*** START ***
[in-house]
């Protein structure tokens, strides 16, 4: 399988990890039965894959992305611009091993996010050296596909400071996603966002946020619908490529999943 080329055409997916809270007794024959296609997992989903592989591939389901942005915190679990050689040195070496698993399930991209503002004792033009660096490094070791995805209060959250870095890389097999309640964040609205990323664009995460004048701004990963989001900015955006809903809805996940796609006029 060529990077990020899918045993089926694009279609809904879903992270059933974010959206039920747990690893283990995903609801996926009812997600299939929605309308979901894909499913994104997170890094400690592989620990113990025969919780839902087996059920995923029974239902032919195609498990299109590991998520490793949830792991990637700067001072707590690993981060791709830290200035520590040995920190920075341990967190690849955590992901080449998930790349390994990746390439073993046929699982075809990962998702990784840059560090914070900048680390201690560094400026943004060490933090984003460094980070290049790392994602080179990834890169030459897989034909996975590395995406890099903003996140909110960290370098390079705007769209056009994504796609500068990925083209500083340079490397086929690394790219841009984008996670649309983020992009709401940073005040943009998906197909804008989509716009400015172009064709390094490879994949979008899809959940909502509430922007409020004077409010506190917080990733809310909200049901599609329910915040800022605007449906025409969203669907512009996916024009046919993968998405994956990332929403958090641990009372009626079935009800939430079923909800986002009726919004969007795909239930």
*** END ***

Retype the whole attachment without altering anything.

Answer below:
[in-house]
């Protein structure tokens, strides 16, 4: 399988990890039965894959992305611009091993996010050296596909400071996603966002946020619908490529999943 080329055409997916809270007794024959296609997992989903592989591939389901942005915190679990050689040195070496698993399930991209503002004792033009660096490094070791995805209060959250870095890389097999309640964040609205990323664009995460004048701004990963989001900015955006809903809805996940796609006029 060529990077990020899918045993089926694009279609809904879903992270059933974010959206039920747990690893283990995903609801996926009812997600299939929605309308979901894909499913994104997170890094400690592989620990113990025969919780839902087996059920995923029974239902032919195609498990299109590991998520490793949830792991990637700067001072707590690993981060791709830290200035520590040995920190920075341990967190690849955590992901080449998930790349390994990746390439073993046929699982075809990962998702990784840059560090914070900048680390201690560094400026943004060490933090984003460094980070290049790392994602080179990834890169030459897989034909996975590395995406890099903003996140909110960290370098390079705007769209056009994504796609500068990925083209500083340079490397086929690394790219841009984008996670649309983020992009709401940073005040943009998906197909804008989509716009400015172009064709390094490879994949979008899809959940909502509430922007409020004077409010506190917080990733809310909200049901599609329910915040800022605007449906025409969203669907512009996916024009046919993968998405994956990332929403958090641990009372009626079935009800939430079923909800986002009726919004969007795909239930």